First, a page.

I’d been meaning to book a table at The Man Behind the Curtain after hearing great things about chef Michael O’Hare’s previous establishment The Blind Swine and seeing him race to the top of the TripAdvisor rankings shortly after opening in Leeds. After seeing he was appearing on this year’s series of The Great British Menu I thought I better get in there quick and I’m glad I did. After a low score of 4 in the first round O’Hare went on to receive a 10 for his fish course from the judges and a 10 for his main course from chef Marcus Wareing. He not only won the North West regional heat but his fish course featured at the banquet. He has also since been awarded his first Michelin star and now it is impossible to book a table on a weekend until October 2016!
Much has been made of the location of the restaurant, on the top floor Flannels clothes shop, but it is a space I am familiar with. It was once home to Anthony’s at Flannels run by another former Great British Menu contestant Anthony Flinn. It is a nice open space which has been decorated with idiosyncratic artwork by Schoph and sculpture by Gareth Griffiths. The lights were low and the music loud but not uncomfortably so. An eclectic mix of classic rock and modern alternative indie, I felt right at home. The tables are fairly spread out, you are afforded a lot of space but the restaurant was busy and the atmosphere felt good. They could fit a lot more in that the forty covers and they would be forgiven for doing so given the recent spate of bookings but that would be to the detriment of the offering and it is to their credit they haven’t.
As for the food, I was expecting out there avant garde creations and presentation. What we actually got was much more refined but still interesting and quirky, packed full of O’Hare’s personality. Looking at the decor of the restaurant and O’Hare’s sparkly gold boots and silver apron (though the rockstar locks have now gone) it would be easy to think The Man Behind the Curtain was about style over substance, let me tell you now that it is absolutely not. The ingredients are of the highest quality, the cooking to perfection, this is up there with the finest food I have eaten. They may have just been awarded their first Michelin star, Bibendum proudly stood on the counter, but some of the dishes would not be out of place in a two starred establishment.
There is one option for dinner, ‘Carte Blanche’ with twelve ‘sequences’ of divine dishes. First up was raw langoustine with mussel and parsley broth serverd on what I can only describe a spoon candelabra. Eaten in one mouthful it is rich and refreshing at the same time, absolutely divine. Seafood feature heavily in the menu with 45 minute massaged octopus next served with paprika and garlic butter. The tenderest octopus I have ever eaten. Then came small pancakes filled with crispy spiced Moroccan lamb and goat curd. The only off note on the menu for me was sea urchin tongue, it tasted of the sea, watery and slightly salty.
The dishes started to get a bit gothic then with fish cheek covered in a squid ink garlic aioli. Black food is never particularly appetising and with trepidation I tucked in. The fish was so tender it melted in the mouth and the aioli gave a lovely rich depth. Then spider crab in a Spanish with cooked in Spanish tomatoes topped with a quail egg, a beautiful combination of the delicate crab meat, spiced tomato and rich egg. Then came ‘Emancipation’, black cod fish and chips, another black dish and another triumph. As it arrives you can smell the salt & vinegar, just like fish and chips, but when you tuck into the delicate fish and crisp potatoes it is so much more.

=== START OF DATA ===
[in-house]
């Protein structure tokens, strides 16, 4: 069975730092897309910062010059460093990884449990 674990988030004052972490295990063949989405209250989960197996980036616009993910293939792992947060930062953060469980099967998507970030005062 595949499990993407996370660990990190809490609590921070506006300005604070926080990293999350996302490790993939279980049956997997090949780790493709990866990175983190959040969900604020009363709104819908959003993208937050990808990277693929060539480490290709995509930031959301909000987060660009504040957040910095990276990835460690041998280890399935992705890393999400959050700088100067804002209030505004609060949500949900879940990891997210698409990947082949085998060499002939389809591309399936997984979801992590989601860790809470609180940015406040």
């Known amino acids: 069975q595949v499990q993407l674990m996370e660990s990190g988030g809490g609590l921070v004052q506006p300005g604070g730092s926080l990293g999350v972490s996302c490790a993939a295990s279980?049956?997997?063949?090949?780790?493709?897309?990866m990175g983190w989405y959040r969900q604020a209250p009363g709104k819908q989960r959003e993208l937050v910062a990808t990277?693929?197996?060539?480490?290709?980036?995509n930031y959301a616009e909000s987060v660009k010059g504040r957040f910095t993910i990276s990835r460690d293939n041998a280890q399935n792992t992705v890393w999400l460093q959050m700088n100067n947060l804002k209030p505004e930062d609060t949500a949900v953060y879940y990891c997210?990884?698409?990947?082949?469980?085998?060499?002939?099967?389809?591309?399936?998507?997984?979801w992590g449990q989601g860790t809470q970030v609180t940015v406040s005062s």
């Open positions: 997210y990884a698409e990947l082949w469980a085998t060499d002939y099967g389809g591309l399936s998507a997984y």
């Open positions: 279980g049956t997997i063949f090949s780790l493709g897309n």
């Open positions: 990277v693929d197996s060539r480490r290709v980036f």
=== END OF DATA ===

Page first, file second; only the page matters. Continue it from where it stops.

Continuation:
Sashimi scallops and chilli sweetbreads were next up, contrasting textures and flavours, the scallops designed to refresh from the rich sweetbreads. The scallops were good but my god the sweetbreads were good, the best I have ever had. Onto the ‘main’ course, beautifully pink Iberico pork, an amazing piece of meat with a depth of flavour I have not had from pork before, served with salty anchovies and a runny egg yolk in an edible egg shell. O’Hare’s food is not only pleasing on the eye and unbelievably tasty but he has all the modern cooking tricks and techniques up his sleeve too.
Onto the desert, shrouded under a silver chocolate blanket a delicious chocolate and lavender mouse with violet ice cream. On the side to share was a potato custard with puffed corn. I’m not sure I get the whole potato as a sweet thing, I’ve been served potato ice cream before and this was better, I’m just not sure it fit on the plate. Still, I ate it all. To finish a tiny cupcake served on a plinth. Eat it all, including the wrapper we were told, so we did… wow! The wrapper melts in your mouth, the mouse on the top is rich and then an explosion of sharp fruit juice. Such small little thing but amazing flavour.
The whole experience was amazing, the restaurant is cool, the service is laid back but attentive at the same time, the food looks amazing and tastes better. A nice touch is that the chefs bring out a couple of the dishes for each table and explain the food. Even O’Hare makes regular appearances in the dining room and is more than happy to chat with diners and explain their dishes. I would rush back, and I would recommend eating at The Man Behind the Curtain to anyone but god knows when I’ll be able to get a table again. I genuinely wouldn’t be surprised if next year Michael O’Hare had two Michelin stars on his shoes, this guy is going places.